What does this mean for Israel? For all intents and purposes, Israel is a Western nation. It is inaccurately portrayed in the Western media as a nation full of white, Europeans transplanted into the "Arab" desert. We in the West can project our expectations, morals and demands on Israel because they look like us and sound like us. The fact that Jordan bans Jews from buying land or from being citizens (and that's Israel's closes Arab ally!) is far less significant than Israel's construction of a partial separation fence to keep out terrorists. Moreover, we project Western history onto Israel even when it makes no sense to do so. The characterization of Israel as anything resembling the old Crusader states is laughable except that it is an image that many feel is accurate. To think that 8 million Israelis pose an existential threat to the well being of the Arab, Iranian and Turkish Middle East is bizarre role reversal by which the Islamic world seeks to redeploy the narrative of colonialism against a political entity that had nothing to do with it. Even if people in Britain or France feel guilt over their ancestors' actions against Muslim peoples over the centuries, the stateless Jews had no hand in those actions. Yet, we now face a situation in which Israel is cast as the successor colonizer in the style of the British Empire, crushing the nationalist dreams of the hapless Palestinian peoples.

While this narrative is quite useful from the standpoint of garnering sympathy for the Palestinians, it of course ignores the fact that the Palestinian leadership is among the most regressive. Since receiving local control in Gaza and the West Bank Palestinians mobs killed Vittorio Arrigoni, a man who supported the Palestinian independence struggle, Gaza has grown to lead the world in honor killings, Christians have all but abandoned Gaza and political repression is extreme. Of course, all of this gets pushed aside any time a house is built in Jerusalem or if a teenager attacking Israeli soldiers is shot.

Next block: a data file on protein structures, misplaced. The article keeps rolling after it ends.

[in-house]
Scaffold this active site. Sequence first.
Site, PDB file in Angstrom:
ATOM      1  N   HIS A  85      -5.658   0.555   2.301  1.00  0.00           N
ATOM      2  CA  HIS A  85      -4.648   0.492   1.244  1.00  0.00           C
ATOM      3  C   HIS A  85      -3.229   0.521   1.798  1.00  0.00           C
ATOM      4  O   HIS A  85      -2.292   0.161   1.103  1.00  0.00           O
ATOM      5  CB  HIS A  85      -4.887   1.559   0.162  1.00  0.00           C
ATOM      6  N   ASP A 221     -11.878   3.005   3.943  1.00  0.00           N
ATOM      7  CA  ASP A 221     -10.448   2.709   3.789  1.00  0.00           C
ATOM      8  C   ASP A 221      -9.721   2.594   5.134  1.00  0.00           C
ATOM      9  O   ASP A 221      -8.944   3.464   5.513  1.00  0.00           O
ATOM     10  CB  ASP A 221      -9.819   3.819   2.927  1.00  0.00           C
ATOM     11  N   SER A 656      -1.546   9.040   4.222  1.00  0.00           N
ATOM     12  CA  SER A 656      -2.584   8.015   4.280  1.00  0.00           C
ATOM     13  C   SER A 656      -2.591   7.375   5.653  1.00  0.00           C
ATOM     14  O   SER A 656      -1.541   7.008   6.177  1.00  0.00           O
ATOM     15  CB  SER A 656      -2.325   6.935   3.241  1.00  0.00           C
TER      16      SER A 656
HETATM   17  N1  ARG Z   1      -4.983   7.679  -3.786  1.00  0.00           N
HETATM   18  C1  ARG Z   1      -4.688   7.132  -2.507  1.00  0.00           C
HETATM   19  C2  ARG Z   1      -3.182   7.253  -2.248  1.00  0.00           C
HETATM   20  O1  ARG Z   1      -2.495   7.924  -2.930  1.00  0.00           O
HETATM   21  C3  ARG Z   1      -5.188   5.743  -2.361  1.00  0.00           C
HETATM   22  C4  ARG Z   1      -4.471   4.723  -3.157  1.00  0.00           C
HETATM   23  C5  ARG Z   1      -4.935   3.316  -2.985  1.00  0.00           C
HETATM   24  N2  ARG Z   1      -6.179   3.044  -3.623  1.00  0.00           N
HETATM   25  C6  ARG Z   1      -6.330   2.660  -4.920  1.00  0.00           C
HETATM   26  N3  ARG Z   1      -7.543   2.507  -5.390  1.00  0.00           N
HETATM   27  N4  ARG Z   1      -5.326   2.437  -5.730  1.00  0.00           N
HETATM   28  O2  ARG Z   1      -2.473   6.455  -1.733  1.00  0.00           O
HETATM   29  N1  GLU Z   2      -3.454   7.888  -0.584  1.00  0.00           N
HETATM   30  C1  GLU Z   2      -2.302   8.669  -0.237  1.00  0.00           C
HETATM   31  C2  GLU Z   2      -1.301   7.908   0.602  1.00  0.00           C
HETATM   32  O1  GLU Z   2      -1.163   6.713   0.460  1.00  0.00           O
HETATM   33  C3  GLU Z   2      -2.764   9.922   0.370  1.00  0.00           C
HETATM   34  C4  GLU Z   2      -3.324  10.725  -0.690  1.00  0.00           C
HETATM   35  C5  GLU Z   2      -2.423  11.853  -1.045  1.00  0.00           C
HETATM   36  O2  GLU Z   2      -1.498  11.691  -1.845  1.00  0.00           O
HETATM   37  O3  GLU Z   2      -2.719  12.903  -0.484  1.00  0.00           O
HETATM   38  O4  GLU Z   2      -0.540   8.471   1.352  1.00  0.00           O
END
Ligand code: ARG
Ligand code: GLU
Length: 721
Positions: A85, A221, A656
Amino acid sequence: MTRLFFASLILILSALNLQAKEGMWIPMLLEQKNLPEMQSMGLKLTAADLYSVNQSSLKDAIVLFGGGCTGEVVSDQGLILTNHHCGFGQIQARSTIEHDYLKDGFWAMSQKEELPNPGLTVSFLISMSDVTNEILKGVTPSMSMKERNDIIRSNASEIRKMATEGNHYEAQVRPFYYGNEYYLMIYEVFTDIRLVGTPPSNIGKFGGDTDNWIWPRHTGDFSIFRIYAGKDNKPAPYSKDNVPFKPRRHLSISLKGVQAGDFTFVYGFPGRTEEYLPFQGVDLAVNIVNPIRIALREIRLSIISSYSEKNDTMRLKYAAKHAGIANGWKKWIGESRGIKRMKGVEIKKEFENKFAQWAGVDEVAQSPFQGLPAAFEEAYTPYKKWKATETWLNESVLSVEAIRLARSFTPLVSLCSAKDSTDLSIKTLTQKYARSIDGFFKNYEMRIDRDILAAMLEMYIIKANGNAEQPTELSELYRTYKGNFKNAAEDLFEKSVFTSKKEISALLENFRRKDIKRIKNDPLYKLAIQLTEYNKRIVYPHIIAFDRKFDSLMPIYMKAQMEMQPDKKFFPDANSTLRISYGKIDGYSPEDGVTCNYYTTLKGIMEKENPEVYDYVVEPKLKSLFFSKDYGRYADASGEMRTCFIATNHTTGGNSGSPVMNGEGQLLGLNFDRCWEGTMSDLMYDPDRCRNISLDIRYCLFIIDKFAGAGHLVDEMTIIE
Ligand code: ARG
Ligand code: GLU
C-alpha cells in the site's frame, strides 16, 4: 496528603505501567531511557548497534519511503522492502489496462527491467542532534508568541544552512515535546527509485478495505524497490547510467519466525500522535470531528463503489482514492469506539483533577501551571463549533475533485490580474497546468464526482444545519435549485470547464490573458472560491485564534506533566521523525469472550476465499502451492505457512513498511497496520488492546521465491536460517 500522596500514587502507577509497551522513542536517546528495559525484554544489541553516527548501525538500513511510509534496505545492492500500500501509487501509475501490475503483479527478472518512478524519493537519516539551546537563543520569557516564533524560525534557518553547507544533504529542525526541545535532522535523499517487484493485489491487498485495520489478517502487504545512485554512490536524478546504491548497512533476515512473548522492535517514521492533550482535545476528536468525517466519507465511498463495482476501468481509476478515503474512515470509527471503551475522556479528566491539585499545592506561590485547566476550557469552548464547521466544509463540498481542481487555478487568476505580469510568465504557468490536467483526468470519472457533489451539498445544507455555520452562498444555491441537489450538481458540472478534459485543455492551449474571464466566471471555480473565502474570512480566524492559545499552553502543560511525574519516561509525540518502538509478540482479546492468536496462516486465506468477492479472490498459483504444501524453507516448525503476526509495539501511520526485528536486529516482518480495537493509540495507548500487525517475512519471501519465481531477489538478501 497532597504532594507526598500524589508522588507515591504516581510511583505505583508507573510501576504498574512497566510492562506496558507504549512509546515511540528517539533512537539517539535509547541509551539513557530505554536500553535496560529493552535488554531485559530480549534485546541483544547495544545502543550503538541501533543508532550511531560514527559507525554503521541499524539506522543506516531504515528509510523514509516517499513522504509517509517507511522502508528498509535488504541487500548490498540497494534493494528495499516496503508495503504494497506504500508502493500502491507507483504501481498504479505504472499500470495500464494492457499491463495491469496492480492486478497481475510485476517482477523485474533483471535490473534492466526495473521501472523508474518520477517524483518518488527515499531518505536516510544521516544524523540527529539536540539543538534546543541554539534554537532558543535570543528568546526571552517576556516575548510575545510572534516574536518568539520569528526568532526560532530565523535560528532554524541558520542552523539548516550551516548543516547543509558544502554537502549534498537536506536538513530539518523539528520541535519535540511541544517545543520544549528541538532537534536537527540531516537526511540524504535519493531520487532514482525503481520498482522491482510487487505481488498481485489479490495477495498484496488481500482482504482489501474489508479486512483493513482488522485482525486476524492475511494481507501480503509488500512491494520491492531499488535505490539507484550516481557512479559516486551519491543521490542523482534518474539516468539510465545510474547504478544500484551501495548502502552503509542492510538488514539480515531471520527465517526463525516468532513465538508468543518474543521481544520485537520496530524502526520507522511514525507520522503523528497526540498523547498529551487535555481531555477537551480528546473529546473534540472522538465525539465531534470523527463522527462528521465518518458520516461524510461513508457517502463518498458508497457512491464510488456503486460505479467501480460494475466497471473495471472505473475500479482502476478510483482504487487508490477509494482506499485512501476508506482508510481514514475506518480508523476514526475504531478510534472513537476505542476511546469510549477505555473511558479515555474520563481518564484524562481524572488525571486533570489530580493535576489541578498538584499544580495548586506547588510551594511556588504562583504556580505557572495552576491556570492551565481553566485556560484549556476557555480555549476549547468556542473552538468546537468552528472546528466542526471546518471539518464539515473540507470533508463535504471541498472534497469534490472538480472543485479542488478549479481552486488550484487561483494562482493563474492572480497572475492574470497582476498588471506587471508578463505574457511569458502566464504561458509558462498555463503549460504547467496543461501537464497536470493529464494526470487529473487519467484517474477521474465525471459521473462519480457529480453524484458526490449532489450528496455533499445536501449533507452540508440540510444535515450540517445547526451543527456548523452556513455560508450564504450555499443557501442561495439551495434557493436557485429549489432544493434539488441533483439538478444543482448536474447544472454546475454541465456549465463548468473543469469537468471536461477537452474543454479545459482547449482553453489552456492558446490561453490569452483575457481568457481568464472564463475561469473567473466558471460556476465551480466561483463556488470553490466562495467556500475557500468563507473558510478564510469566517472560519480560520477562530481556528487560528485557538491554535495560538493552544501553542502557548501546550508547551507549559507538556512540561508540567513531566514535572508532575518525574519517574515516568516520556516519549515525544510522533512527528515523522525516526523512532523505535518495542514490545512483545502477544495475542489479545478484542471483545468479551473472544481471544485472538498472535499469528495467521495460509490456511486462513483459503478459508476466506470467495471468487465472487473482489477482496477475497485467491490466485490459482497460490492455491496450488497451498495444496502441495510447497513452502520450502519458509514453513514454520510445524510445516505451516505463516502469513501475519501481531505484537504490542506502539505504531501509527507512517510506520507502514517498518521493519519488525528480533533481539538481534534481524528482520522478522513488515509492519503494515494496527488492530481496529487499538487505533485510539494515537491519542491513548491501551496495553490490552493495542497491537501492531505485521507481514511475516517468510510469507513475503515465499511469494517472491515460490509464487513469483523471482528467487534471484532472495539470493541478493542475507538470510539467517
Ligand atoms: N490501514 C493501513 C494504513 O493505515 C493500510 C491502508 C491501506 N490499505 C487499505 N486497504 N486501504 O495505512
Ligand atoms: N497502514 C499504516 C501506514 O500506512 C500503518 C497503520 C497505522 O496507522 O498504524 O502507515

The Arab Spring has not changed the fundamental tenants of most Islamic societies, and while we may have been expecting change, the overthrow of military or minority dictatorships in places like Egypt, Syria and Tunisia are only more likely to bring to power Islamist leaders who can take  populist positions by trying to break away from any corrupt "Western" influences and trying to return their societies to the more glorious times before the perceived rise and invasion of Western values and ideas. When we see that type of regression in such societies, our fear of seeming racist, intolerant or elitist has and will prevent us from speaking out in the necessary voice to stop another Darfur genocide, Armenian Genocide, or Syrian government crackdown.

6 comments:

David said...

Very, very interesting article. Couple questions:

1. You suggest that the reason domestic right-wingers are criticized in the U.S. more than foreign right-wingers is because of the "Western mindset" that rationalizes other people's behavior based on what we did to them. Is this really a "Western" mindset? It seems like more of a post-1960's liberal mindset.

Also, even if you're right that this "Western mindset" is a factor, a bigger factor is probably the fact that the actions of domestic "right-wingers" directly affects our neighborhoods, schools, etc. in a way that foreign right-wingers never do. Surely you don't think that the "Western mindset" is why people are more likely to criticize domestic actors than foreign actors. For example, there's a lot more vocal criticism of conservative attempts to restrict birth control or abortion in the United States than there is criticism of female genital mutilation in Afghanistan. That's not because anyone in the U.S. thinks the former is worse than the latter. It's because half of the people in the United States are affected by the laws that conservatives seek here, whereas very few people here actually know anyone who suffering in Afghanistan, much less see them every day.

David said...